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car review

Porsche isn’t known for making beautiful cars. That’s not their thing; leave it to the Italians. Porsche’s appeal is that it makes drivers’ cars: cars that lap the Nurburgring faster than anything else, cars for owners who care about “feel.” Esoteric machines, but Porsche is among the most profitable car makers in the world so you can’t fault the strategy. The products all have a clean, unified aesthetic. It makes for a strong brand. Porsche can happily get away with cars such as that original, backwards-looking Boxster, or the awkward first Cayenne because they were good cars. The 911 is one of the few true automotive icons and it still wouldn’t win a beauty pageant.

Even among this crowd, the Panamera, Porsche’s first sedan, stood out as the ugly duckling when it was first introduced in 2009. It was polarizing, to put it politely. It was either the coolest thing on the road, or the lumpiest, frumpiest goat – depending on who you ask, or the light. A two-face.

“But now we changed it, and I think it’s better,” says Peter Varga, the director of exterior design at Porsche. He worked on the old Panamera: “I was a very young guy, part of the design team. I did the bumper for the Turbo.” Now he’s in charge. He’s overseen the styling of the all-new 2017 Panamera from the beginning, from a blank sheet of paper, over the past three and a half years.

Photos provided by Porsche

“We started with the proportions,” he said. “We took the current [old] design, and we gave the model more wheelbase. Then we worked first on the roofline.” The wheels are farther apart, and the roofline is lower, dropping steeply towards the rear of the car. The bulbous back end of the old car was its defining feature. It sounds as if it was one of the first things to go.

Today, Varga seems relaxed. For him the 2017 Panamera is old news. The design was warmly received when it was unveiled in Berlin earlier this year. He and his team will already be hard at work on the Mission-E electric car and other Porsches we won’t see until nearly the end of the decade.

The best design work on the new Panamera, however, is in the cabin. There are mountains of gadgetry, but it’s cleanly integrated. There’s a new digital dash surrounding an analog tachometer. A 12.3-inch touchscreen blends into a horizontal strip of wood trim. The centre console, which sits high between the front seats, looks like a slab of black glass. On it, analog buttons have been replaced by touch-sensitive ones. If Charles and Ray Eames had made a spaceship, its cockpit would’ve looked like this.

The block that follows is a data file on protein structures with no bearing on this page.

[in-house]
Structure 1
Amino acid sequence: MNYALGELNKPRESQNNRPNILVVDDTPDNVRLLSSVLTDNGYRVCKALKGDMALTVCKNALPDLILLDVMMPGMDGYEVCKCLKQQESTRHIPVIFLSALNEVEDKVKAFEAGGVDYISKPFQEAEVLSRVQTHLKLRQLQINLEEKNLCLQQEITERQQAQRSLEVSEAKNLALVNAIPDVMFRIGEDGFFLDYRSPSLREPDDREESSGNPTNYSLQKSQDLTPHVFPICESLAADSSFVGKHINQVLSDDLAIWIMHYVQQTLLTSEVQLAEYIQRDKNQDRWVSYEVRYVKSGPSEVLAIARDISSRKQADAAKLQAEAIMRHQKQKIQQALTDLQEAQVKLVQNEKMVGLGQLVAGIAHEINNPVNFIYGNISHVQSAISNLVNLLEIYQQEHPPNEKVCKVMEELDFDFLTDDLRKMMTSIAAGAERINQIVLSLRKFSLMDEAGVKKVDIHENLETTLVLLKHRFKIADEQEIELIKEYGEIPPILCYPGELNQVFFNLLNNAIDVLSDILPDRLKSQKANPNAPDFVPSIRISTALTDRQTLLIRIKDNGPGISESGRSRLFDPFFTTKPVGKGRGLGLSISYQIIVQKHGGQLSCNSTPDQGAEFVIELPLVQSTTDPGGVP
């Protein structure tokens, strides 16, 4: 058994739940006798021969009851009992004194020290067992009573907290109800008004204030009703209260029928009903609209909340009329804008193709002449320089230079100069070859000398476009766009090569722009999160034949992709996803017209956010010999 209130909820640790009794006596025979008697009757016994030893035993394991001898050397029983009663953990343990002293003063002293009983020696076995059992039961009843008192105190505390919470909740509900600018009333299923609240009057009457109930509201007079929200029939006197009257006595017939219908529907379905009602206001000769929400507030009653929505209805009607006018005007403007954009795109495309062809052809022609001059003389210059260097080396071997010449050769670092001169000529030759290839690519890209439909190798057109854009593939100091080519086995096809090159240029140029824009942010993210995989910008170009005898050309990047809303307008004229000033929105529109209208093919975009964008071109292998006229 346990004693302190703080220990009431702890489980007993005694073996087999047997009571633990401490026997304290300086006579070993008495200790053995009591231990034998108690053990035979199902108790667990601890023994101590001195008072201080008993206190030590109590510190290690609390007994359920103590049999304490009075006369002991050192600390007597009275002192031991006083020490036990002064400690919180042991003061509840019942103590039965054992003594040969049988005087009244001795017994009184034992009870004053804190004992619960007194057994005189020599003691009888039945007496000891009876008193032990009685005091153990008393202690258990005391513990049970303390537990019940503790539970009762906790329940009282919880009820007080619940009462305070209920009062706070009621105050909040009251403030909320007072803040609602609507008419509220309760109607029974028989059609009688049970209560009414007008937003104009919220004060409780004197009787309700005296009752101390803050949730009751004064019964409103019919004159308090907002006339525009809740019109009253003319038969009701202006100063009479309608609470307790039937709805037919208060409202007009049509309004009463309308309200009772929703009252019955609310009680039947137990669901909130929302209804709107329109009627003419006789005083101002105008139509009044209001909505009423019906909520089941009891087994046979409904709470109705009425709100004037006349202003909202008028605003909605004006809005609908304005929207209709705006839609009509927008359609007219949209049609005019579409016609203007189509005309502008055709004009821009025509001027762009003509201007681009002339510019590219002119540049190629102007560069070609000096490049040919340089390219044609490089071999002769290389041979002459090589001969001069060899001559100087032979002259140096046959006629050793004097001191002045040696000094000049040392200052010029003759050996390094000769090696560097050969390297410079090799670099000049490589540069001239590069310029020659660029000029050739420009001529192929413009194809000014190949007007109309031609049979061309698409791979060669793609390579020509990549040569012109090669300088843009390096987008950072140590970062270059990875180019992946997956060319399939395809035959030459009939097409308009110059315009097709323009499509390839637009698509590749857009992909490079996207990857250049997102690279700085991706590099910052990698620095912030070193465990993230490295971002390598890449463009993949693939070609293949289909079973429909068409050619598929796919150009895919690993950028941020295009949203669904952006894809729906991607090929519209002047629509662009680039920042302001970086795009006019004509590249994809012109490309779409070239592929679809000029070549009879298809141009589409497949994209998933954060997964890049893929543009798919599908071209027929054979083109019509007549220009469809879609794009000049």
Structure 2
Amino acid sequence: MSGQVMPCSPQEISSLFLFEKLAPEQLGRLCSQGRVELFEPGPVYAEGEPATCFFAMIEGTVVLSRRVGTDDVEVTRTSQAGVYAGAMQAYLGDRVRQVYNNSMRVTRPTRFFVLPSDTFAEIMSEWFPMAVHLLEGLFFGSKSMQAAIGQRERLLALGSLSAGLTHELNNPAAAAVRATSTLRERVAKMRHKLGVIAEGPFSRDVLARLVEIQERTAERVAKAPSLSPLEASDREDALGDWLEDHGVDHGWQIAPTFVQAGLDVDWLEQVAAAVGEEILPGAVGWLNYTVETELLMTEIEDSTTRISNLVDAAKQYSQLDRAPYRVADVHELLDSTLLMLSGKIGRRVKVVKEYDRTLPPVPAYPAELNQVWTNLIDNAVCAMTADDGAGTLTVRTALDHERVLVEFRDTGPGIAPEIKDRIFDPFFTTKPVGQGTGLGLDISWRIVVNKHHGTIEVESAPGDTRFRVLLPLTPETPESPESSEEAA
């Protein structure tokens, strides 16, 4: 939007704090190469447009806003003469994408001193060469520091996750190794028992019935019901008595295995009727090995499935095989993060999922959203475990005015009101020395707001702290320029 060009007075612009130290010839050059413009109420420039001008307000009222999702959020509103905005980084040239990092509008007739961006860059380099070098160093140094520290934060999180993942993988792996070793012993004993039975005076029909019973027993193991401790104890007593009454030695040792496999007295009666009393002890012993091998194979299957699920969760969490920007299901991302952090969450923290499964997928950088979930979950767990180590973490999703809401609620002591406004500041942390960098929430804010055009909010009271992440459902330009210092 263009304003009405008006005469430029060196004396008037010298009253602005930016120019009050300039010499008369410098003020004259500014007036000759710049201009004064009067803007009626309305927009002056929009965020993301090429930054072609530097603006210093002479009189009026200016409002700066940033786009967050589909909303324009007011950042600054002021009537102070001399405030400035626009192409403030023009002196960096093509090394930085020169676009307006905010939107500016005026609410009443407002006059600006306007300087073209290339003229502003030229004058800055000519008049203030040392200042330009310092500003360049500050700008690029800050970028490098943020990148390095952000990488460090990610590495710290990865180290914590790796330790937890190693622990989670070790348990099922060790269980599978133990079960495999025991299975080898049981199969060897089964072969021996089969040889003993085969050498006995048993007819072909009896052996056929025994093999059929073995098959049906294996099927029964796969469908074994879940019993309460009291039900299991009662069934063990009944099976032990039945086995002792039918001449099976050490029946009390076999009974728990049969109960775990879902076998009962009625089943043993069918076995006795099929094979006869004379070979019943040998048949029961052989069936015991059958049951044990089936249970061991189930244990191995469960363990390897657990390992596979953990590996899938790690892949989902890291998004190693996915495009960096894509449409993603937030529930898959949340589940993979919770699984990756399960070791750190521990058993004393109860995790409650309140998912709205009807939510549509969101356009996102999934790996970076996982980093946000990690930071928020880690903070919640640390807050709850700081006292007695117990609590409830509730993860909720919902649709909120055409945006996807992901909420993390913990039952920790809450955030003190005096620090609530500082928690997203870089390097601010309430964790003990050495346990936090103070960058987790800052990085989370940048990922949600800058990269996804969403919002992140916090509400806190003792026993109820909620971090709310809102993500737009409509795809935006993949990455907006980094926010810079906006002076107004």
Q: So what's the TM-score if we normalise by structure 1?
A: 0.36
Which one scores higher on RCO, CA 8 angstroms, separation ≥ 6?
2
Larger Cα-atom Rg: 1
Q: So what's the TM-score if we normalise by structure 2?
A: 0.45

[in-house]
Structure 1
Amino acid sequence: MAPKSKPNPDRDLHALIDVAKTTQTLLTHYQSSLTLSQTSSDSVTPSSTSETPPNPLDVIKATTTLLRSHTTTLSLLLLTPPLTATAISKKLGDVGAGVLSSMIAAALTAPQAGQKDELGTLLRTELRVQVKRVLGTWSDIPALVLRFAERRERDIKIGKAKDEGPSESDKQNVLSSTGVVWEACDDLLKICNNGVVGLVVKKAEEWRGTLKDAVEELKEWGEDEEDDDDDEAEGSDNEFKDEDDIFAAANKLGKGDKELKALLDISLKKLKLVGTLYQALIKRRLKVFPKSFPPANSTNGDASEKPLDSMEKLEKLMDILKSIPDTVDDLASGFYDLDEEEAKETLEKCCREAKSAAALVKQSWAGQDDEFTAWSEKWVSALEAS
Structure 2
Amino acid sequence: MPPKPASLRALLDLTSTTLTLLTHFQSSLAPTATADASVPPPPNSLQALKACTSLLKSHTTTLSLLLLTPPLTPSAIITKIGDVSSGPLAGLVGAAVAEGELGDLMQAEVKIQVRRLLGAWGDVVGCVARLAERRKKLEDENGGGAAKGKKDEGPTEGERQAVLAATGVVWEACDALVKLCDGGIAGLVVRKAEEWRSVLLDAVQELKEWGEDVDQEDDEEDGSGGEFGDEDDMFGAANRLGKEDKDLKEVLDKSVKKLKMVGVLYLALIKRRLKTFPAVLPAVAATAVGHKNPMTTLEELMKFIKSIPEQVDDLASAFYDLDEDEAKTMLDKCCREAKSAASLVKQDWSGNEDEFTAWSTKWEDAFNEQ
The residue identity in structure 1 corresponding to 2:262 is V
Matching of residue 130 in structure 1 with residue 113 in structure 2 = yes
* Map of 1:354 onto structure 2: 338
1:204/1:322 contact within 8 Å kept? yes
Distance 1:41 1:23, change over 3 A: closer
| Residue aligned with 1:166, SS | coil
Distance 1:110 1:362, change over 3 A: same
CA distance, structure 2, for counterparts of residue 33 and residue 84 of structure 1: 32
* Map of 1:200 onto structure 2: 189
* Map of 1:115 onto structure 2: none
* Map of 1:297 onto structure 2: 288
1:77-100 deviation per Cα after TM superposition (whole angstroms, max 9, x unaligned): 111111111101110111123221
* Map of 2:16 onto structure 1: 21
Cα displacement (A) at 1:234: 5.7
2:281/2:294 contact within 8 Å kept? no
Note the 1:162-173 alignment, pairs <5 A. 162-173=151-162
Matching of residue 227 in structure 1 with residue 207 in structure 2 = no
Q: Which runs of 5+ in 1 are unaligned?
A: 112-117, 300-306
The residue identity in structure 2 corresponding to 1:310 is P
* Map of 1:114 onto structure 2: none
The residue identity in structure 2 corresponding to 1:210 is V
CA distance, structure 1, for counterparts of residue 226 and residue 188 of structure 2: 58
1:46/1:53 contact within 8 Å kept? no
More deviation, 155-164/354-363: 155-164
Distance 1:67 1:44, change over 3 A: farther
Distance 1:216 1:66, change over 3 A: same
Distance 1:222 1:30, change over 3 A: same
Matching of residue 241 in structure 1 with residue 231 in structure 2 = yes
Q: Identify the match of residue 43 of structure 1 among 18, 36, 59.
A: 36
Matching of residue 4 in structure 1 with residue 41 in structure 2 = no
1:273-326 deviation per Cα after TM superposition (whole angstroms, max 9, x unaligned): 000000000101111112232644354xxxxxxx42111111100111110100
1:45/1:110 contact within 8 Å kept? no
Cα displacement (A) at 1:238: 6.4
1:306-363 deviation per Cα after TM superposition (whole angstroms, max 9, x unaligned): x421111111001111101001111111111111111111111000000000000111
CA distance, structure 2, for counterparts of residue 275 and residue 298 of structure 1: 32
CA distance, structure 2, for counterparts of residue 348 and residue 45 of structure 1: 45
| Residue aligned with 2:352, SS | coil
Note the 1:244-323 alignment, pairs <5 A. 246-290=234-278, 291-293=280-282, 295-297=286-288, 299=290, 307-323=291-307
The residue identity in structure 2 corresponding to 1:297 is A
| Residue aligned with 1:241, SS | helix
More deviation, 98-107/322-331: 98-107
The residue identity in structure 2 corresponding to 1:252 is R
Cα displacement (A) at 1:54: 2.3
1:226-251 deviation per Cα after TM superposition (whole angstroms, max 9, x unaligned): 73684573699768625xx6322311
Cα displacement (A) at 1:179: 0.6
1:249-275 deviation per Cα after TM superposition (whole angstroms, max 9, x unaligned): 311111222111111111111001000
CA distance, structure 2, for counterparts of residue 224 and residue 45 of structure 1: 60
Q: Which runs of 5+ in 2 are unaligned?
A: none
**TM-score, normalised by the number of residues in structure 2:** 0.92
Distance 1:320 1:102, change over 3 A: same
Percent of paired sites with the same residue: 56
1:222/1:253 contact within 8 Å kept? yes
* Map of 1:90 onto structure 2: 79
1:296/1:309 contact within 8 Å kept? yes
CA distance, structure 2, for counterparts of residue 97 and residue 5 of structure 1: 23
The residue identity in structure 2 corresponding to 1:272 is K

For now, the Panamera comes in two version: the 4S and Turbo. We only drove the former, with its 440-horsepower twin-turbo V-6 and all-wheel drive.

It starts running out of steam at around 220 km/h on the Autobahn – it still accelerates, just at a slower rate. Up to 150 the numbers on the digital speedometer change so quickly they’re mostly a blur. At these speed it’s best to have your eyes on the horizon anyway. The 4S does 0-160 km/h in 10 seconds flat. No: there’s no good reason to spend an extra $50,000 (yikes) for the 550-horsepower Turbo. The 4S will do just fine.

Porsche spokespeople confirmed two high-performance hybrids will join the Panamera lineup soon (but not soon enough!) and a wagon – based on the lovely Sport Wagon concept from 2012 – will be available as well.

It usually takes Porsche a few tries to nail a design. Now, in its third generation, the Boxster is finally a handsome little roadster. The second-gen Cayenne is decent looking, and the smaller Macan SUV is great. Porsche is still working to perfect the 911 even after 53 years. And so it goes with the Panamera: Take two strips away its ugly duckling status to reveal a respectable and supremely refined sport sedan.

You’ll like this car if ... Clean design, inside and out, appeals.


Base Price: $114,300 (4S); $167,700 (Turbo)

Engine: 2.9-litre twin-turbo V-6 (4S)

Transmissions: 8-speed dual-clutch

Fuel economy (litres/100 km): 10.2 city, 6.8 highway (EURO 6 test)

Drive: All-wheel

Alternatives: Mercedes S-Class, Audi S8, BMW 7 Series, Jaguar XJR, Aston Martin Rapide, Maserati Quattroporte


Looks: It’s an improvement over its polarizing predecessor, and yet the new Panamera retains a unique character that makes it unmistakably Porsche. The forthcoming Panamera wagon has the potential to be downright beautiful if Porsche can translate the Sport Wagon concept car into production.

Interior: An instant class-leader here. Sleek and refined, you’re struck by a wondrous sense of discovery as you settle in and play with all the controls. It’s just cool.

Performance: It’s ballistic, obviously. But we’ve seen this before: the new model is faster, and more fuel efficient than its predecessor. It feels as if Porsche missed an opportunity to do something truly forward-thinking, something radical. Where’s the 600 horsepower plug-in hybrid? Hopefully it’s coming. The only let-down in terms of performance are the standard brakes: they don’t have that solid, brick-wall feel you want in a two-tonne sedan with 440 horsepower.

Technology: The new-generation PCM infotainment system is excellent, in terms of function and design. It could react a tad snappier, but it’s impressive. Touchscreen-controlled air vents are surely a world first. The big problem is all the really good stuff, the features that make the Panamera feel truly special to drive, are optional extras: all-wheel steering, carbon-ceramic brakes and adjustable air-suspension. (Only the latter is standard on the Turbo.)

Cargo: The roofline is lower over the rear passengers thanks to the swooping roofline, but Porsche claims cabin space remains the same as before.



No longer ugly, great cabin, deeply impressive handling once you tick all the options.

The writer was a guest of the auto maker. Content was not subject to approval.